join a :t b :t : list a b &
defbinfix '++ 'join
}
; Must close here in order to use ++
{let e = '{2 in 'x ++ '(1 2 3) ++ '((a)) ++ 1 * 2}
format t "~S~%=> ~S" e (eval e)}
Evaluation of the above returns t
and prints the following
(member 2 (join 'x (join '(1 2 3) (join '((a)) (* 1 2)))))
=> (2 3 (a) 2)
Another way to write join
in BINFIX is as a single defgeneric
definition, using def generic
,
{def generic join a b;
"Generic join."
a :list b :list : append a b;
a :t b :list : a :. b;
a :list b :t : `(,@a ,b);
a :t b :t : list a b}
which expands into
(progn
(defgeneric join
(a b)
(:documentation "Generic join.")
(:method ((a list) (b list)) (append a b))
(:method ((a t) (b list)) (cons a b))
(:method ((a list) (b t)) `(,@a ,b))
(:method ((a t) (b t)) (list a b))))
Macro multiplevaluebind
with symbol _
in variable list standing for an ignored value can be defined as
{valuesbind v e &rest r :==
let* _ = ()
vars = a > if {a == '_} {car $ push (gensym) _} a @. v;
`(multiplevaluebind ,vars ,e
,@{_ && `({declare $ ignore ,@_})}
,@r)}
So, for instance,
(macroexpand1 '(valuesbind (a _) (truncate 10 3) a))
=>
(multiplevaluebind (a #:g823) (truncate 10 3) (declare (ignore #:g823)) a)
t
Nested BINFIX lambda lists can be used in definitions of macros, as in the following example of a procedural forloop macro
{for (v :symbol from below by = 1) &rest r :==
`(loop for,v fixnum from,from below,below ,@{by /= 1 && `(by,by)}
do ,@r)}
Now
(macroexpand1 '(for (i 0 n)
{a ! i .= 1+ i}))
=>
(loop for i fixnum from 0 below n
do (setf (aref a i) (1+ i)))
t
#### Cartesian to polar coordinates
An example from Common LISP the Language 2nd ed. where cartesian coordinates are converted into polar coordinates via change of class can be straightforwardly written in BINFIX as
{def class position () ();
class xyposition (position)
x :initform 0 :initarg :x
y :initform 0 :initarg :y;
class rhothetaposition (position)
rho :initform 0
theta :initform 0
def updateinstancefordifferentclass :before
old :xyposition
new :rhothetaposition &key :
;; Copy the position information from old to new to make new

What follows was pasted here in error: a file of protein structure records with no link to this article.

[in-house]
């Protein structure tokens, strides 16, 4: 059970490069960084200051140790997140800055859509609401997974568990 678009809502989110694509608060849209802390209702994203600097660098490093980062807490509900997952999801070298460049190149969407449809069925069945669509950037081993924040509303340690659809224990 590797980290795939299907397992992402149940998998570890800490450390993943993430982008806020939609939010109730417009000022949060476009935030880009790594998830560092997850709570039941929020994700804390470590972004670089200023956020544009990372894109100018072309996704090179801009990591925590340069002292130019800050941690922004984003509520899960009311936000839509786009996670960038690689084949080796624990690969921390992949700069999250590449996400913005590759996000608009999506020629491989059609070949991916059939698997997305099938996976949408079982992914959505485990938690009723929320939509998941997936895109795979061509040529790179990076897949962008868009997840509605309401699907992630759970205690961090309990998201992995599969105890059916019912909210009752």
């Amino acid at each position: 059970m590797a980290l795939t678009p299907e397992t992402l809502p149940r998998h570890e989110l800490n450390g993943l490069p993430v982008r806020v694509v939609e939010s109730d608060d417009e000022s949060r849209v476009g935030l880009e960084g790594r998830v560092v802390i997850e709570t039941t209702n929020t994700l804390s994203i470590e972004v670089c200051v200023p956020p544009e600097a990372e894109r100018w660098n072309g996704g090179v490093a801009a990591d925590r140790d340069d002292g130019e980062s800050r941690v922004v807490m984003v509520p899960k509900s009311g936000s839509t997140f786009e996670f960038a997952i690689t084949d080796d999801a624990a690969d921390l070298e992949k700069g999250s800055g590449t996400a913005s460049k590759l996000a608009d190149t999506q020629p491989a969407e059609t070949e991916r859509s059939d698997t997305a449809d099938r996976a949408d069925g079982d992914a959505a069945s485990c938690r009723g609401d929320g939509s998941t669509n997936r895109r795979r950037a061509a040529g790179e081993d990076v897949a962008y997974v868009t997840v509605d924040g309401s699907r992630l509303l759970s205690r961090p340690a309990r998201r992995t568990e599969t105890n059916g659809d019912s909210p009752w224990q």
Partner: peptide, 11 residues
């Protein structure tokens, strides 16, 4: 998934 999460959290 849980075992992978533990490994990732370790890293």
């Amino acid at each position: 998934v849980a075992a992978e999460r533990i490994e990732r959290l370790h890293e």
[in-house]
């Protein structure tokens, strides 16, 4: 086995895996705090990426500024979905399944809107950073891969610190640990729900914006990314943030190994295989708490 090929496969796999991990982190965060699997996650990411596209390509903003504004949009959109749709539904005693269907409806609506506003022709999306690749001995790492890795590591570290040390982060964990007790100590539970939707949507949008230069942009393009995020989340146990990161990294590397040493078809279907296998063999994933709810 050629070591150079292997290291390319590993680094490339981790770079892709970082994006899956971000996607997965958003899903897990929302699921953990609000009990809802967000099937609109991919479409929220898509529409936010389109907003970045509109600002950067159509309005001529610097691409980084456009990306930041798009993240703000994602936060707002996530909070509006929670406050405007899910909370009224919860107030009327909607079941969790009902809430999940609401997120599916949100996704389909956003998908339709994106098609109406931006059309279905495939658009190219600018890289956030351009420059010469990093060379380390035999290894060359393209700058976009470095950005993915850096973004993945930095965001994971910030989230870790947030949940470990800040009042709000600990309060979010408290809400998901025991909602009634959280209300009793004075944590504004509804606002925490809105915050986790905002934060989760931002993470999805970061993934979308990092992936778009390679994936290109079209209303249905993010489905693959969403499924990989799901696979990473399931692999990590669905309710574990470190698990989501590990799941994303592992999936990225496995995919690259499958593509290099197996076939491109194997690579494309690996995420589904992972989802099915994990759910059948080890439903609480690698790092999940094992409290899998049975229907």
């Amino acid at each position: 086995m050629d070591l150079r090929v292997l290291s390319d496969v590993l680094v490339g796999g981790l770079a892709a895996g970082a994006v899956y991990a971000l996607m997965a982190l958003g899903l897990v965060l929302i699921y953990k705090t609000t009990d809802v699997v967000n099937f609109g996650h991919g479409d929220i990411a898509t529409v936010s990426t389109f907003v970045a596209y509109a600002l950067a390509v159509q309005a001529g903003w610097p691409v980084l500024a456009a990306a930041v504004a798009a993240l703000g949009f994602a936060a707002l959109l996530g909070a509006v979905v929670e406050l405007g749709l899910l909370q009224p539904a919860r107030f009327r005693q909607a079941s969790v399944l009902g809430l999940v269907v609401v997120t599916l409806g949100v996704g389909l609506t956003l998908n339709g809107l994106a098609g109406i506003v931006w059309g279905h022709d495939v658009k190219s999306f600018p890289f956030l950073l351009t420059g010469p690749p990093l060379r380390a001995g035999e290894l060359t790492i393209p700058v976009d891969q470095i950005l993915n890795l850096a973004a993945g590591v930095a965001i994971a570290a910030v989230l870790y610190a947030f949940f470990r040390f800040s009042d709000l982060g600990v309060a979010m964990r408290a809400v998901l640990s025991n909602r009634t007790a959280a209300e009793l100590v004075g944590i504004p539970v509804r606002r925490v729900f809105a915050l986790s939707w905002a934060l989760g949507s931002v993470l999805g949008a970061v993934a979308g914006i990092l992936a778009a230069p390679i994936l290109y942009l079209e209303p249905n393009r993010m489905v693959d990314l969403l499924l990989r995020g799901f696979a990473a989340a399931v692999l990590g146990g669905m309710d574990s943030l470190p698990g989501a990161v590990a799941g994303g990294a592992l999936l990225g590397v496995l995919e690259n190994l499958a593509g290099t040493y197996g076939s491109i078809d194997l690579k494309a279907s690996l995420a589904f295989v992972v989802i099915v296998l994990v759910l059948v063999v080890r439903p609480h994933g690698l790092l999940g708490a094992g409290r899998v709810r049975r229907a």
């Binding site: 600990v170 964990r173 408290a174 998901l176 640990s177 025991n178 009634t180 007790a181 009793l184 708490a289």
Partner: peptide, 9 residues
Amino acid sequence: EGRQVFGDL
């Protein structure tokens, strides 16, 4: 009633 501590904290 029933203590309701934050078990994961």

;; be a rhothetaposition at the same position as old.
let x = slotvalue old 'x
y = slotvalue old 'y;
slotvalue new 'rho .= sqrt {x * x + y * y};
slotvalue new 'theta .= atan y x
;;; At this point an instance of the class xyposition can be
;;; changed to be an instance of the class rhothetaposition
;;; using changeclass:
& p1 =. makeinstance 'xyposition :x 2 :y 0
& changeclass p1 'rhothetaposition
;;; The result is that the instance bound to p1 is now
;;; an instance of the class rhothetaposition.
;;; The updateinstancefordifferentclass method
;;; performed the initialization of the rho and theta
;;; slots based on the values of the x and y slots,
;;; which were maintained by the old instance.
}
where Steele's comments are left verbatim.
BINFIX expression is written as a list enclosed in curly brackets {
... }
handled through LISP reader, so the usual syntax rules of LISP apply, e.g a+b
is a single symbol, while a + b
is three symbols. Lisp reader after tokenization calls the function binfix
which does shallow transformation of BINFIX into Sexpr representation of the expression.
BINFIX uses a simple rewrite algorithm that divides a list in two, LHS and RHS of the lowest priority infix operator found within the list, then recursively processes each one.
Bootstraping is done beginning with protoBINFIX,
(defparameter *binfix*
'((; infix (progn))
(:== def defmacro)
(:= def defun)
(: def defmethod)
( =. infix (setq))
(.= infix (setf))
(> deflambda)
($ infix ())
(symbolmacrolet let= symbolmacrolet)
(let let= let)
(let* let= let*)
(labels flet= labels)
(=.. varbind multiplevaluebind)
(.x. unreduc .x. values)
(:. infix (cons))
( infix (or))
(&& infix (and))
(== infix (eql))
(=c= infix (char=))
(in infix (member))
( ! infix (aref))))
(defun binfix (e &optional (ops *binfix*))
(cond ((atom e) e)
((null ops) (if (cdr e) e (car e)))
(t (let* ((op (car ops))
(op.rhs (member (pop op) e)))
(if (null op.rhs)
(binfix e (cdr ops))
(let ((lhs (ldiff e op.rhs)))
(macroexpand1
`(,@op ,lhs ,(cdr op.rhs)))))))))
(defmacro infix (op lhs rhs)
`(,@op ,(binfix lhs) ,(binfix rhs)))
(setmacrocharacter #\{
(lambda (s ch) (declare (ignore ch))
(binfix (readdelimitedlist #\} s t))))